China is also providing the second biggest stimulus package in the world right now, dwarfing those of Europe and Japan. If either of those efforts were to falter, America’s economy might just tank, taking the rest of globalization with it.

Again, does this sound like the right time for China to be confronting our military spy-craft off their coast?

If anything, China should be concentrating on doing more to bail out America, not just financially but in terms of our strategic military tie-down in southwest Asia.

If you haven’t noticed, our foreign policy of the last two years has consisted of Washington asking Beijing for help in Nigeria, Zimbabwe, Sudan, Iran, Myanmar, North Korea — the list goes on and on.

A China that truly understood its responsibilities as a mature world power wouldn’t let itself get wrapped around the axle of “who’s spying on whom off China’s coast?”

It would understand that it has bigger fish to fry — and behave accordingly.


Here's how globalization meets Pakistan

In my latest book, "Great Powers," I advance the controversial notion that America's success in spreading our model of globalization around the planet will force us into many compromises with local extremists seeking cultural sanctuary from its revolutionary norms of individual emancipation. My argument is that - as a rule - most such compromises will be generational, for what is "radical" to elders soon becomes "normal" to youth.

But then I'm confronted by the recent political agreement between Pakistan's faltering government and the ascending Taliban in Swat Valley, whereby the latter is granted judicial emancipation from Pakistan's laws to enforce Islamic sharia.

Is not such accommodation a form of national suicide?

Do you realize there are 562 tribes recognized by our federal government as possessing some degree of judicial independence from our country's laws - in effect constituting sovereign nations within our lands?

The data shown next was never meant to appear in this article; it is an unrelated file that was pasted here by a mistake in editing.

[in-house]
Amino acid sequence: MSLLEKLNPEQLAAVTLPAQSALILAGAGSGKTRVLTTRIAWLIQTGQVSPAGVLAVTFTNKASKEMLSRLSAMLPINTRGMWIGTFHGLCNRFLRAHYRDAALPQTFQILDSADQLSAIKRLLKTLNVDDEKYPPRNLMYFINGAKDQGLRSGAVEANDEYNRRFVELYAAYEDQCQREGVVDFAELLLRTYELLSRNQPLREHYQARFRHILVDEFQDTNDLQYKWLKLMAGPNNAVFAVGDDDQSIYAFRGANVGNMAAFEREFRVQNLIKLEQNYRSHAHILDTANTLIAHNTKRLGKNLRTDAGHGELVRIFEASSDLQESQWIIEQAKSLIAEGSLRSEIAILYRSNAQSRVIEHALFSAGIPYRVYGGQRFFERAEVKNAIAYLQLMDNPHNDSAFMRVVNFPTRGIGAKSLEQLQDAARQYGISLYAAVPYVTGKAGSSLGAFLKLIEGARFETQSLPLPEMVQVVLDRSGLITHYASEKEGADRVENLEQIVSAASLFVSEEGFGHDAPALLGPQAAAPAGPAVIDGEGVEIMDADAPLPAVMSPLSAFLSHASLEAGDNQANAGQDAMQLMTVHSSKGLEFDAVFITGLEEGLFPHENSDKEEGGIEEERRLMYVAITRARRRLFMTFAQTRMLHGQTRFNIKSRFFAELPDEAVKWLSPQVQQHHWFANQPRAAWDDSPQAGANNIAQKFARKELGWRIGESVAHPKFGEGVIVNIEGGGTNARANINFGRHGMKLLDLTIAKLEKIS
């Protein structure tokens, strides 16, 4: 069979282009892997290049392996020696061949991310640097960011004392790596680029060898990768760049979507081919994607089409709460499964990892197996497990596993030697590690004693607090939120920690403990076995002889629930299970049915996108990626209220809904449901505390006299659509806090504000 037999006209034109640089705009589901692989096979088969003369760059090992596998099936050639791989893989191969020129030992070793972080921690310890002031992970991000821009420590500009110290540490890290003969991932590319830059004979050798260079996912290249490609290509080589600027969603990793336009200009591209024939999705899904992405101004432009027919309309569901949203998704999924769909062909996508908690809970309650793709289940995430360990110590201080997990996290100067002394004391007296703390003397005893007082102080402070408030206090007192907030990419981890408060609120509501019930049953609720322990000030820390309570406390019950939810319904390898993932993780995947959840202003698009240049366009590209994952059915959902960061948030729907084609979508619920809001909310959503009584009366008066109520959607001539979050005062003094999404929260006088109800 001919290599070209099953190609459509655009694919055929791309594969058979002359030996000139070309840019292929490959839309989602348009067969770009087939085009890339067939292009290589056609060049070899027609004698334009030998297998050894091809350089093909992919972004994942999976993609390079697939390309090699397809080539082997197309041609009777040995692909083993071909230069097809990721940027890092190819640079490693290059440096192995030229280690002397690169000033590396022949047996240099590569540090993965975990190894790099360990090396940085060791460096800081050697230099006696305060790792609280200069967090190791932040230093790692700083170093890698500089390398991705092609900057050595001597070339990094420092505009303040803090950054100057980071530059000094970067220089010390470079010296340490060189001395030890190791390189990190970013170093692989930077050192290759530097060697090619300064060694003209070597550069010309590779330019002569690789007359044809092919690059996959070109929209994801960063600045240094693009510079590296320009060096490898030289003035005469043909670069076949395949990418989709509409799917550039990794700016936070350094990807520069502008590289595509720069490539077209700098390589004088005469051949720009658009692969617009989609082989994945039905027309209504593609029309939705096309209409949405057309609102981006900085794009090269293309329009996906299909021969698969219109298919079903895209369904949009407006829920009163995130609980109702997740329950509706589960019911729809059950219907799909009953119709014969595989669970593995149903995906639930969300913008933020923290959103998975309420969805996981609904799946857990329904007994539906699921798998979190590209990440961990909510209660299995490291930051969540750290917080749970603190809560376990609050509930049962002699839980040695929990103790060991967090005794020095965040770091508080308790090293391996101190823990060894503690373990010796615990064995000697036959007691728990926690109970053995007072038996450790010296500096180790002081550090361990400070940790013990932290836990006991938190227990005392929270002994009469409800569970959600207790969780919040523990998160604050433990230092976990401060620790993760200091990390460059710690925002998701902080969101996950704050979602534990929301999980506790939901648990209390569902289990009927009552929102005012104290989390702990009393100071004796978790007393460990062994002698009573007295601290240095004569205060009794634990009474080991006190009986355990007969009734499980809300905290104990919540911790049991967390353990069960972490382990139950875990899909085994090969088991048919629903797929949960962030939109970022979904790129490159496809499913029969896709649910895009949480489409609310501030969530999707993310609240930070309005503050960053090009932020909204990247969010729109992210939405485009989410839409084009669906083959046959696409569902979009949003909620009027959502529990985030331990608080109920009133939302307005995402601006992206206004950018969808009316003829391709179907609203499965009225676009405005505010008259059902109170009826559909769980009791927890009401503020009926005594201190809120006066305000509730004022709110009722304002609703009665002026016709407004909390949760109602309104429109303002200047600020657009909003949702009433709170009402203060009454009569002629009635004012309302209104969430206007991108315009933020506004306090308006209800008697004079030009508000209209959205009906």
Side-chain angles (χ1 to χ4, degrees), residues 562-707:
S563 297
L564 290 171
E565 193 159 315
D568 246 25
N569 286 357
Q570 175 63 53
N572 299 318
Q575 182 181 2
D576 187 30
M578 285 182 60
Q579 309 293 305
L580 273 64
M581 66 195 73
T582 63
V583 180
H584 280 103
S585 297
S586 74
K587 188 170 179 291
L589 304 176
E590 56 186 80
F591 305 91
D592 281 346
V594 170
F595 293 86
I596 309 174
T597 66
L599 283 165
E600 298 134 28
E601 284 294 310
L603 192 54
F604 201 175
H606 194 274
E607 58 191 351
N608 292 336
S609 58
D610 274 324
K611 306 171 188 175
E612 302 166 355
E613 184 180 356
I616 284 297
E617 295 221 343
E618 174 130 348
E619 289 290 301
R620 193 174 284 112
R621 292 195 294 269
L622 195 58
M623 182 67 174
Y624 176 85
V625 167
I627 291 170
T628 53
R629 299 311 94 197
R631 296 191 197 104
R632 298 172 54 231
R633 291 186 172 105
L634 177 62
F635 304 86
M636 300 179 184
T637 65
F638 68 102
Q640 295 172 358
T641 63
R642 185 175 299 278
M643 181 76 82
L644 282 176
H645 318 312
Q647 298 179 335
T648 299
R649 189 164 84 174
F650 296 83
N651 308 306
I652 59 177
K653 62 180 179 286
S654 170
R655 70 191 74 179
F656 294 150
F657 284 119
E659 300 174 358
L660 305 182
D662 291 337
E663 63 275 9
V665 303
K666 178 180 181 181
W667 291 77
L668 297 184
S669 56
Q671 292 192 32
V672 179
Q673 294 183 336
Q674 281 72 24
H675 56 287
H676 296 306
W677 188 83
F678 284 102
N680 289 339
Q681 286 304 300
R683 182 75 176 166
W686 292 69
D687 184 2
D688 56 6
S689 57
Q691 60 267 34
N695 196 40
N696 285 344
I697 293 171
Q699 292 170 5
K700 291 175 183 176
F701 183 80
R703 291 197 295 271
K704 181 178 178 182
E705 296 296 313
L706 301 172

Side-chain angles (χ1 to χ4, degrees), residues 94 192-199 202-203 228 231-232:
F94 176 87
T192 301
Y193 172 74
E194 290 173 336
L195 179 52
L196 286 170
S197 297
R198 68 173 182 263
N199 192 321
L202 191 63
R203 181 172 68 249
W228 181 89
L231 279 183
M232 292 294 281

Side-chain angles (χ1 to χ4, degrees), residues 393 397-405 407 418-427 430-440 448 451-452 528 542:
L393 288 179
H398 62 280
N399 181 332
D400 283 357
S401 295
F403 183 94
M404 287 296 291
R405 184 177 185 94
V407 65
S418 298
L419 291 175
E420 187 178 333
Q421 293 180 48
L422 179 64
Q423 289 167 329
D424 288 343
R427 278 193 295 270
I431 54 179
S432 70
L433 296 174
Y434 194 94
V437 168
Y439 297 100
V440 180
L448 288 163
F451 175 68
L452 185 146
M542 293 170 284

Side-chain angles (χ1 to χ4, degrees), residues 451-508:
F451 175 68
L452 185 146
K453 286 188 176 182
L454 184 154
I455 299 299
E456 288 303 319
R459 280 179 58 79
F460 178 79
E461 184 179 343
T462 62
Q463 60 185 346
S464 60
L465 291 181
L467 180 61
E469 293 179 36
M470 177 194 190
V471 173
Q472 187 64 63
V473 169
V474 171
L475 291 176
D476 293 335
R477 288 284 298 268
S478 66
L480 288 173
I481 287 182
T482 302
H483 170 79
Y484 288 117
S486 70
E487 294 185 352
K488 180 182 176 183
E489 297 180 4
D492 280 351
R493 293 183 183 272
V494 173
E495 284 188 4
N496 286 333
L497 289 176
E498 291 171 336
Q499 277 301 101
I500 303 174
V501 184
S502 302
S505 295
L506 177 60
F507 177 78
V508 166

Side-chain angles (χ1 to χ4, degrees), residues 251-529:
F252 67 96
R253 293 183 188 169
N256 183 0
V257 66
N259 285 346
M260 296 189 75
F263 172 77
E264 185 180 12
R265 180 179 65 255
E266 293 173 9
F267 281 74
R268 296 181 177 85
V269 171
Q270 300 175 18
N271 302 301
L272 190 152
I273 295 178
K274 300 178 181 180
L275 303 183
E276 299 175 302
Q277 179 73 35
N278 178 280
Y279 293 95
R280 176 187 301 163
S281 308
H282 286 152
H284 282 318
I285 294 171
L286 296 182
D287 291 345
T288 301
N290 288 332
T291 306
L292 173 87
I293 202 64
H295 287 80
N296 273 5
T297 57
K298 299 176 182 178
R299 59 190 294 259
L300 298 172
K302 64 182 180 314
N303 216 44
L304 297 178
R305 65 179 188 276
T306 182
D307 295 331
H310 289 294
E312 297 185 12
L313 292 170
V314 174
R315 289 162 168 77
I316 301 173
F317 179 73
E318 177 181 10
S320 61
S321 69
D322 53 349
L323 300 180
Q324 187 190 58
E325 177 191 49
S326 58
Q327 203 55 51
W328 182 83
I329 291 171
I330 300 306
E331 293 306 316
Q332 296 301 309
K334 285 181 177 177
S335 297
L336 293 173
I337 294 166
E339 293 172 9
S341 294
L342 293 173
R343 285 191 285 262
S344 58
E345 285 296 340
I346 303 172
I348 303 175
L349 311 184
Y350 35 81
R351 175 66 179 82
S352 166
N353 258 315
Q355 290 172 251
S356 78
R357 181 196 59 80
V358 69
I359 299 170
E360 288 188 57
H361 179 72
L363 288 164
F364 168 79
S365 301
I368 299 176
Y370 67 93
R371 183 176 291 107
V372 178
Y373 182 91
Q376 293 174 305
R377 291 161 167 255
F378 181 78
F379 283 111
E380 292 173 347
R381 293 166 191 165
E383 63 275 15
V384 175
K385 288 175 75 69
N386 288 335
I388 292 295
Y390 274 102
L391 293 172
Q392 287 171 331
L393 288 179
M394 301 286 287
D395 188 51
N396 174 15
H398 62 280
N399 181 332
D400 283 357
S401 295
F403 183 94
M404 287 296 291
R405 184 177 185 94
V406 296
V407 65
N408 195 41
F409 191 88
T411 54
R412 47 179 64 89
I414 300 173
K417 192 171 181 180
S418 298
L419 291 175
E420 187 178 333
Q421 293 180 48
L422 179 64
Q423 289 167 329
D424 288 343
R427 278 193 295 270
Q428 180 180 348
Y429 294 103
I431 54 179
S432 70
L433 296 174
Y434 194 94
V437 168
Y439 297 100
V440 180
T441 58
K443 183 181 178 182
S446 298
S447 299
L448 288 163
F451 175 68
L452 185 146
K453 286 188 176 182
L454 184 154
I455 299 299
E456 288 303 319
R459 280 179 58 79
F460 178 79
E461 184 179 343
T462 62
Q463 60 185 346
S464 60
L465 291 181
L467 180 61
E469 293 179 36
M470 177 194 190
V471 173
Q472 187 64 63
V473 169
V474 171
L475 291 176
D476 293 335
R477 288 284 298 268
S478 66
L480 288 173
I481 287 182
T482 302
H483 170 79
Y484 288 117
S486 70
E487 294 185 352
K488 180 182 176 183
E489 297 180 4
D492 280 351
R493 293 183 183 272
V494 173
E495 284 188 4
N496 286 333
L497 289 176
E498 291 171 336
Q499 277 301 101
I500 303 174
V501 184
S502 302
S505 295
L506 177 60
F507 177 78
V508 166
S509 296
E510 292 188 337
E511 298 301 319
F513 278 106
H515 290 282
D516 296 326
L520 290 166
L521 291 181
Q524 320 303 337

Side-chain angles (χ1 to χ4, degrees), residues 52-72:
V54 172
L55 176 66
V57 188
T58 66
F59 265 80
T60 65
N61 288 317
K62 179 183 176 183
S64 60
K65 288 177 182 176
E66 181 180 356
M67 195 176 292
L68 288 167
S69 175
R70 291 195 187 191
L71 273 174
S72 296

So no, Pakistan isn't the only modern nation-state with "federally administered tribal areas" in which spiritually infused social traditions constitute an alternative legal code.

The key attribute of our system is one of voluntary association. Native Americans cannot be trapped inside these enclave systems against their will, even as these sovereign tribes decide who can be members. So while there is a right to separate civilizations on the basis of ethnicity/religion, there is no enforceable apartheid - exclusivity that does not deny larger inclusivity.

Inside America's tribal nations, Native-on-Native crime may fall to tribal courts, but state or federal judiciaries address combinations involving non-Natives. And there are limits on tribal purview, with more leeway granted on civil than criminal cases.

So what does the resumption of sharia in Swat Valley tell us about Pakistan?

Pakistan has clearly failed at civil governance there, so local extremists reach for sharia as a stern alternative to existing government corruption.

But as Fareed Zakaria eloquently argues in a Newsweek cover story, the Pakistan government's compromise obscures an essential truth: the need "to divide the camps of the Islamists between those who are violent and those who are merely extreme." The purpose of giving into Taliban extremists on sharia is to induce them to surrender - from among their ranks - those who seek to export violence transnationally.

Given the extremity of the Taliban's social agenda, to include the banning of education for females, this is a most difficult compromise. And yet, so long as those exposed to sharia are free to leave its stultifying grasp, we shall witness such compromise time and again as globalization rapidly extends its networks into regions long exempt from its deep embrace - so many fundamentalists, so little time to adapt.

The key, as in the case of sovereign tribal nations within America, will be distinguishing between the rights of cultural separatists and the logical requirements for collective security among increasingly interconnected nations: civil sanctuary to preserve cultural identity cannot be extended to criminal actors, no matter what justifying cause they claim.

But have no doubt: As globalization's gender-neutral networks inevitably empower women in traditional societies disproportionally to men, there will be fierce blowback, cast in religious garb, that demands cultural separatism from a world that seems - to them at least - to demand social change approaching complete debauchery.

Looking farther ahead, I expect to see exclusionary "bedroom communities" of all sorts springing up across globalization's vast landscape, or places where the "faithful" - however defined - can practice their preferred codes of self-denial. Indeed, as globalization technologizes our lives more and more, expect the perceived virtues of off-grid living to spawn all manner of secular faiths and accompanying migrations.


Globalization results in neither cultural homogenization nor complete Balkanization of existing nation-states, even as many fake colonial creations such as Pakistan are inevitably remapped substantially. In this unprecedented historical process, expect the global community to cut many Swat-like deals with local extremists.

And expect many of them to actually last.